Proposed contents[edit]

Documents released by the European Commission in July 2014 group the topics under discussion into three broad areas: Market access; Specific regulation; and broader rules and principles and modes of co-operation.[3][4]

The EU negotiating mandate as of June 2013 gave a fuller view of what the Council of the European Union (Foreign Affairs) has told its negotiators to try to achieve for each section.[31] No corresponding US text is available, but the American side has released a public statement setting out its objectives and the potential benefits it foresees.[32]

The secret contents of the first concrete American proposal on tariff reduction, and an EU counterproposal, which was leaked to Correctiv in February 2016, suggest 87.5% to 97% of all tariffs would be cut to zero.[33]

Market access[edit]

TTIP includes chapters on market access for goods and services that aim to remove "custom duties on goods and restrictions on services, gaining better access to public markets, and making it easier to invest".[34] The goods part includes rules on market access for goods, agriculture and processed agricultural products, and rules of origin.[3][4]

Services and leaked text[edit]

For "Trade in Services, Investment and E-commerce", a draft text dated 7 July 2013 was leaked by the German newspaper, Die Zeit in March 2014. The leaked text contains seven chapters. In chapter I, article 1 states the overall objective of "a better climate for the development of trade and investment", particularly the "liberalisation of investment and cooperation on e-commerce".[35]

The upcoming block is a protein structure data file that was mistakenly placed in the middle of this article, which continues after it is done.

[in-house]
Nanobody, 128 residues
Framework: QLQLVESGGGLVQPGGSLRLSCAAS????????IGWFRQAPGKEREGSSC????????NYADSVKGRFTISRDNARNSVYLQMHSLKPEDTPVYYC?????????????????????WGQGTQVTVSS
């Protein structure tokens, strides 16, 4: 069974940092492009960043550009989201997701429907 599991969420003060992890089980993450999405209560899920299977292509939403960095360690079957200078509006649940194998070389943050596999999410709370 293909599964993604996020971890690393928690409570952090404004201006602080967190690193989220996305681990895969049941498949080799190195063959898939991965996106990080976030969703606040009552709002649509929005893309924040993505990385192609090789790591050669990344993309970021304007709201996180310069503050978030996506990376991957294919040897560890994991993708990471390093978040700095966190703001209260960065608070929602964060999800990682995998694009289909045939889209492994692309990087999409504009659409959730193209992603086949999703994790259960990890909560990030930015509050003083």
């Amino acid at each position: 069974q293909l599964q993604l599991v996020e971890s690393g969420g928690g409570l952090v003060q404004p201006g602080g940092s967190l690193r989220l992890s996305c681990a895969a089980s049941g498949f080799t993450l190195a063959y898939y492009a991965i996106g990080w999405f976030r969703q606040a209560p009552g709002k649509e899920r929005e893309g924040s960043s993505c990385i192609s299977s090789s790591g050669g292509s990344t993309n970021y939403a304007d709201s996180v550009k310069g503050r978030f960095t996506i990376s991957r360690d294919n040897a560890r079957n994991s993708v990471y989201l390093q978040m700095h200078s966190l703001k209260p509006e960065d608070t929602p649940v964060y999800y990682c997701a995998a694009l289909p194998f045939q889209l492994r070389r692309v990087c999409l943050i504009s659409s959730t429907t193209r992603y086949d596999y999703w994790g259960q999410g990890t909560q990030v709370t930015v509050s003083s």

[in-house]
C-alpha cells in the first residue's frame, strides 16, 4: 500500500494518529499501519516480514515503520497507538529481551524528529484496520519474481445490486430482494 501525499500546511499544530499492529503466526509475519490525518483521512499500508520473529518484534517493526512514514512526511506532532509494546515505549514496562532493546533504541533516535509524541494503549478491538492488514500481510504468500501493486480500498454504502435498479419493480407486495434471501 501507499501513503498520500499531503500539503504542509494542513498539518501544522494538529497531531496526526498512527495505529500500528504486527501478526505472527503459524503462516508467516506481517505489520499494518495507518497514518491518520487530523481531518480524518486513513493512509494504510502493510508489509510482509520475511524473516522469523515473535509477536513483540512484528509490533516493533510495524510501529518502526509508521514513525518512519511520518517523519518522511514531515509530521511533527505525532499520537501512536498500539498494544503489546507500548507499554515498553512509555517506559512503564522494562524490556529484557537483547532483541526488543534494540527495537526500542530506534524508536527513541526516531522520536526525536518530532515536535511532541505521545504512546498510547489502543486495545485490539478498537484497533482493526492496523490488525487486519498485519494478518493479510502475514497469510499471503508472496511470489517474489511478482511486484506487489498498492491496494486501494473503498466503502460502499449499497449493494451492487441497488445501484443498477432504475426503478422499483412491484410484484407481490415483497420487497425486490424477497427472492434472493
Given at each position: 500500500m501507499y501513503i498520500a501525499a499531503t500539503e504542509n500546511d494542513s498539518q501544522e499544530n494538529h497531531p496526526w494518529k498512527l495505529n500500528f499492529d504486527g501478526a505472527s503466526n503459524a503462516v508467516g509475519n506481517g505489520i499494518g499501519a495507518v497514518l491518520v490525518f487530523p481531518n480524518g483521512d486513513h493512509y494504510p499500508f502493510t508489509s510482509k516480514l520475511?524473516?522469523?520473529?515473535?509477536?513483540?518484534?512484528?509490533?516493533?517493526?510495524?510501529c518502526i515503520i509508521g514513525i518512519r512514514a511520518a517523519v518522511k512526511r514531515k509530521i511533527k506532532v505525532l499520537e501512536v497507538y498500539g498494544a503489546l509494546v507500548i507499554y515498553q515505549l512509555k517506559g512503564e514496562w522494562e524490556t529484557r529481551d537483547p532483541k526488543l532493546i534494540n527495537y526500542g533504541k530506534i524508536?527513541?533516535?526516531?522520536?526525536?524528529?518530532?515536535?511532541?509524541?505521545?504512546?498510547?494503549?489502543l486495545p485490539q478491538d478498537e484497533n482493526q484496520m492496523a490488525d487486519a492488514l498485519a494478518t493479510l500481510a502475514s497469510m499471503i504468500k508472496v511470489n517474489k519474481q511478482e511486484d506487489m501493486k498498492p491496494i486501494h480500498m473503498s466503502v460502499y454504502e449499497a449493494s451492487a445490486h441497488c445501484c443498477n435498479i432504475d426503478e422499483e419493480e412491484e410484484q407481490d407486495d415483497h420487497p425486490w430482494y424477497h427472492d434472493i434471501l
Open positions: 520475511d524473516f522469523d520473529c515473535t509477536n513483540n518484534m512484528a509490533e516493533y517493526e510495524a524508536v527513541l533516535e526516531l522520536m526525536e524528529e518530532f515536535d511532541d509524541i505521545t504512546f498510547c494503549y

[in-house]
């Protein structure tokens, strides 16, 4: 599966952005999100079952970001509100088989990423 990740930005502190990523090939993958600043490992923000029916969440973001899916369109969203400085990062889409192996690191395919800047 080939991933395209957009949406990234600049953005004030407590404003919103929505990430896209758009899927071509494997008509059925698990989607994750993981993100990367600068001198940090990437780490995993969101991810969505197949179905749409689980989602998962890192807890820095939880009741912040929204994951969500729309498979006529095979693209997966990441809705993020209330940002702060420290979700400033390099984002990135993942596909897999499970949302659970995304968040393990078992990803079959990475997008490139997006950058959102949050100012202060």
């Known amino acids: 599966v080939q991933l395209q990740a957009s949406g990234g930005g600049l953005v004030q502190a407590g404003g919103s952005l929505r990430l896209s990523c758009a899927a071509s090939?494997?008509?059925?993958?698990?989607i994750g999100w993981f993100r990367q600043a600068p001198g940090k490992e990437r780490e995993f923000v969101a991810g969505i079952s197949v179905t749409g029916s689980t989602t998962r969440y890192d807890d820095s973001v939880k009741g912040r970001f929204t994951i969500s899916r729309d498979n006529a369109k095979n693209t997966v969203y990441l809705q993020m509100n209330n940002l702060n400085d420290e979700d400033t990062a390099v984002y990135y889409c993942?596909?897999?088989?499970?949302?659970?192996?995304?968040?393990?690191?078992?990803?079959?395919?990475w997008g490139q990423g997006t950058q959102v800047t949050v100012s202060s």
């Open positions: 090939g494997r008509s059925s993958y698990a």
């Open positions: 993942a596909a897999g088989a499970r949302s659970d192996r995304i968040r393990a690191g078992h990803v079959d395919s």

Chapter II, articles 3 to 18 contains general principles for investment. Article 14 contains proposed rules that forbid governments to "directly or indirectly nationalise, expropriate" unless it is for a public purpose, under due process of law, on a non-discriminatory basis, with compensation.[36] Article 14(2) defines the necessary compensation as being "fair market value of the investment at the time immediately before the expropriation or the impending expropriation became public knowledge plus interest at a commercial rate established on a market basis".